But Lee isn’t content with just revisiting the indelible characters that launched a 30-plus-year cinematic journey that has been both prophetic (his 2000 criminally-underrated satire Bamboozled, an unfiltered reckoning of white America’s blackface obsessions) and unpredictable (the riveting 2006 heist thriller Inside Man, which diverged from his blueprint but still stands as the highest grossing flick of his career with more than $184 million worldwide). He is also embracing the new.

He is the producer of protégé Stefon Bristol’s intriguing time-traveling sci-fi Netflix drama See You Yesterday (May 17), which follows two high school science prodigies who attempt to stop the murder of an unarmed black man by police. All this and Lee still finds time to keep an eye out for the future prospects of his beloved New York Knicks.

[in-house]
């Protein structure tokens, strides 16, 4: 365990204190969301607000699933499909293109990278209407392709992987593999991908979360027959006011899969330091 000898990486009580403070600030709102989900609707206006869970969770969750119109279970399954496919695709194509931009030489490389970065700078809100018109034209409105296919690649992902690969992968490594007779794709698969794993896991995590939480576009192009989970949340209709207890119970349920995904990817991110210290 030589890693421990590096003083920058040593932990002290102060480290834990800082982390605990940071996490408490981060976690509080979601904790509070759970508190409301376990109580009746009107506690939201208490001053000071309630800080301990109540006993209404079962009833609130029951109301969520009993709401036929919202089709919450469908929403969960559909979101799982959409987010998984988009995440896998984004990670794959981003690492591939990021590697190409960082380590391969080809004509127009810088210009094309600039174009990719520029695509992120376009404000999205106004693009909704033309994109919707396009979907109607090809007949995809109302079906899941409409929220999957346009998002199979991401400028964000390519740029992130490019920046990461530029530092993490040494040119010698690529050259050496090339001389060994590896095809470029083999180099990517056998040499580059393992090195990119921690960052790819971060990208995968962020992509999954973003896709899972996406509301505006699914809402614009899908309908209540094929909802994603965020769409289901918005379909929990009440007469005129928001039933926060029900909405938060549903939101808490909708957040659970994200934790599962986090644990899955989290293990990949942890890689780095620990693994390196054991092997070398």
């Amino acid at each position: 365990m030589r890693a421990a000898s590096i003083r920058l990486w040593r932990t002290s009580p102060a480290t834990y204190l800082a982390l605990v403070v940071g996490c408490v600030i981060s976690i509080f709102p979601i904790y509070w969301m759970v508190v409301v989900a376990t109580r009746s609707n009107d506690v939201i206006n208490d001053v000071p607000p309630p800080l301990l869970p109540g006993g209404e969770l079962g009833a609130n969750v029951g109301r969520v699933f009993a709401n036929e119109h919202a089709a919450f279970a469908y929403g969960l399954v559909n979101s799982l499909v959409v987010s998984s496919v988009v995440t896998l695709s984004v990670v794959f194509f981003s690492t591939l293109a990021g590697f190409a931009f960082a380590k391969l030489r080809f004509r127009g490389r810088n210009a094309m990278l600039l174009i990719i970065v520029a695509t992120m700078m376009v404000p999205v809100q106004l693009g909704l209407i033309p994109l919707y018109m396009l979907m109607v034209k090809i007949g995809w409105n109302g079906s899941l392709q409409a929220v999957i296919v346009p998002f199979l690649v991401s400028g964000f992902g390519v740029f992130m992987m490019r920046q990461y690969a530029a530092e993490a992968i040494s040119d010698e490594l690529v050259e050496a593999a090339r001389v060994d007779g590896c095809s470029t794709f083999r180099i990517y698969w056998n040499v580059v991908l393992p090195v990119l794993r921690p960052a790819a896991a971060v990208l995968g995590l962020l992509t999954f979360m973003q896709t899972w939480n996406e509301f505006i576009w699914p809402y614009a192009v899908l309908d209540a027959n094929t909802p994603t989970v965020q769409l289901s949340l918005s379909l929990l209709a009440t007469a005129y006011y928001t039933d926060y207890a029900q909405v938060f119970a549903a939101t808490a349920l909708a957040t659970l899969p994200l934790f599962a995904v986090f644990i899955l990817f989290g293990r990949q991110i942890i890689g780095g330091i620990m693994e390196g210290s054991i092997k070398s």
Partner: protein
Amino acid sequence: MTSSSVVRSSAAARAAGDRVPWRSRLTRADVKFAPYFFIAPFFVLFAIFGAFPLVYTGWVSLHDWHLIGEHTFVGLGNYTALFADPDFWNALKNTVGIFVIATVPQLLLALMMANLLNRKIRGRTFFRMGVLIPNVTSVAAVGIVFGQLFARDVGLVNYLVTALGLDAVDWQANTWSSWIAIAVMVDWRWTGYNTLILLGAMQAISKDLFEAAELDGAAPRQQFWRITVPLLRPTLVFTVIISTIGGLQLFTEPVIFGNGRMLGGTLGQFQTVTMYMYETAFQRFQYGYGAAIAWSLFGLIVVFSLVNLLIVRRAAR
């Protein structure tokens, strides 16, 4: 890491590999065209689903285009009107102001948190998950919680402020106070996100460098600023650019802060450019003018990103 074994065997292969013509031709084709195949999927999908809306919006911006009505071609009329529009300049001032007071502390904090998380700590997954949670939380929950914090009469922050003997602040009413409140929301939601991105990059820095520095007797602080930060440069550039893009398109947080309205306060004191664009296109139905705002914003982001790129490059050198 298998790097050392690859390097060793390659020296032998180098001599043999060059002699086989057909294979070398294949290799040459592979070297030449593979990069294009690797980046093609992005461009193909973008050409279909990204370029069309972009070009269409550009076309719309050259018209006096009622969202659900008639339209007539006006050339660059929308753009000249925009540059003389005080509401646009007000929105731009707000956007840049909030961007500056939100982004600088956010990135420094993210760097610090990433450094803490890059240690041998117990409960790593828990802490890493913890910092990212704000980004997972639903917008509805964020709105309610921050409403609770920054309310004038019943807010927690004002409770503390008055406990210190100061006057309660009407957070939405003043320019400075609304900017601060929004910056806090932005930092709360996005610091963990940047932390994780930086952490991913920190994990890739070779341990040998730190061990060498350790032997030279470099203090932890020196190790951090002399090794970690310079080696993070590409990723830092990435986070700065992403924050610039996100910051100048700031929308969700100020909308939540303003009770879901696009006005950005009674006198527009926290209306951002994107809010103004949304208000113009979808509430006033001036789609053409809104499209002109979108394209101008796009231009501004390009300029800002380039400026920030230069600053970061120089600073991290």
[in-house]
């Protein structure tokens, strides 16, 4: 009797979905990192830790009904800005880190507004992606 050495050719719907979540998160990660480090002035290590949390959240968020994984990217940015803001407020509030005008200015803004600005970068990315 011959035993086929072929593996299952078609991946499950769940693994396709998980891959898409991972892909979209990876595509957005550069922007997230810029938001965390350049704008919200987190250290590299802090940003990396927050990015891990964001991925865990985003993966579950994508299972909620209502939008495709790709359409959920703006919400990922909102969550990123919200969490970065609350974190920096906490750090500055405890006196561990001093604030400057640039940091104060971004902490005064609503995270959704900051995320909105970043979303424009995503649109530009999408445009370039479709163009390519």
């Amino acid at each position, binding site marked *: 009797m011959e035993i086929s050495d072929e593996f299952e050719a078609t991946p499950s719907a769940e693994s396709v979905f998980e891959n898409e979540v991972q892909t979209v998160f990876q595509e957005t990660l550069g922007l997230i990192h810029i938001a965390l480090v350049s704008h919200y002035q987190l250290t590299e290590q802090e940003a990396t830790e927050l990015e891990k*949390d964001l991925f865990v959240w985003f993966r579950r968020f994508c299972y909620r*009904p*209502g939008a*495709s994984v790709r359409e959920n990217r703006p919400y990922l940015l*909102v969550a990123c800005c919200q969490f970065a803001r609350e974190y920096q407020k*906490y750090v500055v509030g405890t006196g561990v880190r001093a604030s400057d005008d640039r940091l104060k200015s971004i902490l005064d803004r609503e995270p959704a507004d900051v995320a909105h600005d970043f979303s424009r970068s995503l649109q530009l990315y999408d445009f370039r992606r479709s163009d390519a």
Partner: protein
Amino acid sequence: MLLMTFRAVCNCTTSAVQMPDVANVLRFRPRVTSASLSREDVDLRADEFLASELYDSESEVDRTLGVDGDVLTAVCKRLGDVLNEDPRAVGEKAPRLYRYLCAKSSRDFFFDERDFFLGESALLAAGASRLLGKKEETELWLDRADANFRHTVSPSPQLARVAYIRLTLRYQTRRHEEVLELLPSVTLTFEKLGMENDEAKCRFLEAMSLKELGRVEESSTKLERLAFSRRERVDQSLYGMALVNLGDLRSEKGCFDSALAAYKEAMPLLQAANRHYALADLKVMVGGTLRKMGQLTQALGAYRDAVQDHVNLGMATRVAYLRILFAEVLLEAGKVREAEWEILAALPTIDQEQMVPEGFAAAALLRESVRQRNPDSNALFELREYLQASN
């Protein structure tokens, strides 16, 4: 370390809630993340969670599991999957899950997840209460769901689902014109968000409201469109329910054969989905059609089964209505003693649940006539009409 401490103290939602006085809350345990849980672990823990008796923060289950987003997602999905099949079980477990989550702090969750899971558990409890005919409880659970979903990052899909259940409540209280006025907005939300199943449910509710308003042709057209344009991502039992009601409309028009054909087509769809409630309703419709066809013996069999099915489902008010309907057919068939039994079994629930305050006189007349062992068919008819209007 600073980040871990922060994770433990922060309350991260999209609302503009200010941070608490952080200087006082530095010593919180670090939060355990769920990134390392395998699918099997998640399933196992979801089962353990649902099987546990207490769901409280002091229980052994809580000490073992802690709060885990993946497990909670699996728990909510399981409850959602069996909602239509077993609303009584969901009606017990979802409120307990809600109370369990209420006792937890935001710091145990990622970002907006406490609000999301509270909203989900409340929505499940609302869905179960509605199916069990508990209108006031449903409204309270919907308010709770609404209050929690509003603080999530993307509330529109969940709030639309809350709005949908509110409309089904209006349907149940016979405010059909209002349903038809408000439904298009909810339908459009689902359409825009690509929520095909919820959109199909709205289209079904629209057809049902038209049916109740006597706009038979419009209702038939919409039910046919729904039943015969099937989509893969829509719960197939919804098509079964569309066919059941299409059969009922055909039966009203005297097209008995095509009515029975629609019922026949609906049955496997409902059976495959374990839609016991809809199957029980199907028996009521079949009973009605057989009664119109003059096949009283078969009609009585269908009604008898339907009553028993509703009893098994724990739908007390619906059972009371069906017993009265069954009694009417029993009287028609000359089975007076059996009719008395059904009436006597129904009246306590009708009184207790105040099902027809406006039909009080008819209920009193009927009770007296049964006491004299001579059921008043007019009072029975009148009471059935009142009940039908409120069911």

“If certain things happen we are going to rocking like the old days at the Garden,’ he said, flashing an optimistic smile. “We got room for two cap players. We are going to have a chance to get the top pick Zion [Williams] from Duke.”

And there’s more. Spike Lee can’t stop, won’t stop.

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Kid Cudi Announces Eminem Collaboration, "The Adventures Of Moon Man And Slim Shady”

Kid Cudi and Eminem are releasing a new single, "The Adventures of Moon Man and Slim Shady,” scheduled to drop this Friday (July 10).

Cudster’s daughter, Vada, announced the news in an adorable video posted to his Twitter account on Wednesday (July 8).

And now a word from Princess Vada the chosen... pic.twitter.com/xmgIMkUntz

— The Chosen One (@KidCudi) July 8, 2020